Data Frames vs DataFrames
The data frame (or DataFrame) is an essential tool for anyone using R or Python to analyse data. They are rectangular or tabular data structures, that hold rows and columns of data, similar to tables in a database or an Excel spreadsheet.
Data frames allow users to store related data together in a familiar format that simplifies manipulation of the data as a whole. In R, many functions assume or require that data are available in a data frame. Whilst in Python, pandas DataFrames contain numerous methods for applying common operations to the data held within them.
Products that integrate Python and R scripts or send data between software products, for example SAS, Power BI and Azure Machine Learning, also often rely on data frames to store or transfer data.
Data frames in R
The simplest data structure available in R is the vector. Each element in a vector can store a single value and all values must have the same data type, i.e. they must all be character, integer etc.
In R, data frames are essentially a collection of vectors, where each vector represents a column of data. Each column is limited to storing one type of data only but different columns may store data of different types. In order to maintain the rectangular shape of the data structure, each vector must have the same number of values.
Referring to columns in data frames by name is simplified by the use of the dollar-sign notation, e.g. dataframe$column_name.
Knowledge of data frames is essential for anyone importing data into R. Importing data via the command line or through the GUI in RStudio creates data frames. If tidyverse import functions are used, the data frames will be a special kind of modern, simplified data frame known as a tibble.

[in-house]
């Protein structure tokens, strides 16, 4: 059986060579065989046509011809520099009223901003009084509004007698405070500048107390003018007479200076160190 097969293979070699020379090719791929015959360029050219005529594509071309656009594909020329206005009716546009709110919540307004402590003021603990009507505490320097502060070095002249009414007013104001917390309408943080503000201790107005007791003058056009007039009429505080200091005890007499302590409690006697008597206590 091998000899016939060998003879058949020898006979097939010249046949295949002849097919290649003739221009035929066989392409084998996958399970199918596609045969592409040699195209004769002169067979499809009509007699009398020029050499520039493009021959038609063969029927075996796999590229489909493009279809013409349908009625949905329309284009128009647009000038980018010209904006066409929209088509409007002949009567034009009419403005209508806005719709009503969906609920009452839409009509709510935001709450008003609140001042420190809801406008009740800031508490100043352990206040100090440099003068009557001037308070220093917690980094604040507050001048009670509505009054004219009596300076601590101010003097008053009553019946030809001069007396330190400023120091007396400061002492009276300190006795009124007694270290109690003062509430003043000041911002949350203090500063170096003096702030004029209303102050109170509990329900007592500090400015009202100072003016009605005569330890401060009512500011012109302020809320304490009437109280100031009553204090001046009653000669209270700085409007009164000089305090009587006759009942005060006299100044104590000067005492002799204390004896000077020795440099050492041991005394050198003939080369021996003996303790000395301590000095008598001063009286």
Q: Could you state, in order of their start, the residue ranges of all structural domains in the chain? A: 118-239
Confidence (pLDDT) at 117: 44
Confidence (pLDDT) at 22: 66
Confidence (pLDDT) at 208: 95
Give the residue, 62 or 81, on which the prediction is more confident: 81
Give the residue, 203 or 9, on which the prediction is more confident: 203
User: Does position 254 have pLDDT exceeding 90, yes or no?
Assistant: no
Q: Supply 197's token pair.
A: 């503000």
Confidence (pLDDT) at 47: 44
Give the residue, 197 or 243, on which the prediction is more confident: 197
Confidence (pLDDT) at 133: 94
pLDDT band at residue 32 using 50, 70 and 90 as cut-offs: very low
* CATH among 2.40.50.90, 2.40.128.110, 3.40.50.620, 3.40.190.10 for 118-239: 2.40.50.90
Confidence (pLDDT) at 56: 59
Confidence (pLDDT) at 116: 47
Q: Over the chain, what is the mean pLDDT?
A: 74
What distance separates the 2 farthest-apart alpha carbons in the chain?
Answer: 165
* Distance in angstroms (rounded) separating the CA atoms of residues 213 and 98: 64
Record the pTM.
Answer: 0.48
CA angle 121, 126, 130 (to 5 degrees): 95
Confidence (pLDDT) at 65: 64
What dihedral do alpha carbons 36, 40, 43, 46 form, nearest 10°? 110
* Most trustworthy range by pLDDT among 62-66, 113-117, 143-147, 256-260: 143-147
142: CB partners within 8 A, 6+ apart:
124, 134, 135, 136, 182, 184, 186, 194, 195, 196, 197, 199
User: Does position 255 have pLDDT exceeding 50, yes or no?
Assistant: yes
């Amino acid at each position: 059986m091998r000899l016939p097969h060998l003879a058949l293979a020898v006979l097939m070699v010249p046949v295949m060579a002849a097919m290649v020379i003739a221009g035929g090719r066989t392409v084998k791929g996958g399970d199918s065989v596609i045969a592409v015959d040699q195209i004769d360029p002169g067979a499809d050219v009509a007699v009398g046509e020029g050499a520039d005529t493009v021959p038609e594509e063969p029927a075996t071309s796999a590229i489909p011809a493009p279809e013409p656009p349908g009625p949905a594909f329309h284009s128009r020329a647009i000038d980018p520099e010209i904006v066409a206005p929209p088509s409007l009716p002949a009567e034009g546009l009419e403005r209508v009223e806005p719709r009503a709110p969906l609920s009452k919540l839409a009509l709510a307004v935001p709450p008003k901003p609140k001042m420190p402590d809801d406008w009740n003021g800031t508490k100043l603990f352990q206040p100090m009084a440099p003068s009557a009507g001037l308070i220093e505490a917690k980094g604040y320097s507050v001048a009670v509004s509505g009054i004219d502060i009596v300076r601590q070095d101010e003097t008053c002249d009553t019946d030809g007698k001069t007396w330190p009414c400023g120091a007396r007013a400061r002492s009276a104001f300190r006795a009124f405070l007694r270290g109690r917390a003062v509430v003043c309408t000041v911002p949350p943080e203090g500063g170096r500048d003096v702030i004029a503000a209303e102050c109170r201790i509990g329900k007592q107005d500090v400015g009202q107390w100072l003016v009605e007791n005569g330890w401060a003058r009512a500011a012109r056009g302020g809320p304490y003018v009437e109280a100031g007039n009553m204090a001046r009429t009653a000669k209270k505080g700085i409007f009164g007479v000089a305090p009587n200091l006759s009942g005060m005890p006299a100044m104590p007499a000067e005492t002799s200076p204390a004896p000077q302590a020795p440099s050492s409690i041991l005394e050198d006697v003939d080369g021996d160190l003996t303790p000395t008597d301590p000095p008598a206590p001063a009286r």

DataFrames in Python
DataFrames are available in Python through the pandas library. The pandas DataFrames are conceptually very similar to data frames in R. They have similar limitations, in that each column may contain data of one type only but data types can be different between columns.
Just as in R, data subsets can be specified by column or row names or positions within the DataFrame. Within Python, pandas greatly enhances the ease and efficiency with which data can be manipulated. This is because pandas supports vectorisation, something not available in standard Python. Vectorisation (which is built in to many R functions and operations) applies an operation or function to each element individually. This makes it very simple to create a new column in a DataFrame calculated from other column values or to, for example, divide each value in a column by 1000.
pandas provides many import functions that read data into DataFrames as well as methods to export data from DataFrames to a range of file types and formats.
pandas DataFrames are also equipped with numerous methods for carrying out common data transformation, reshaping, aggregation, merging, joining and plotting functions on the data they hold.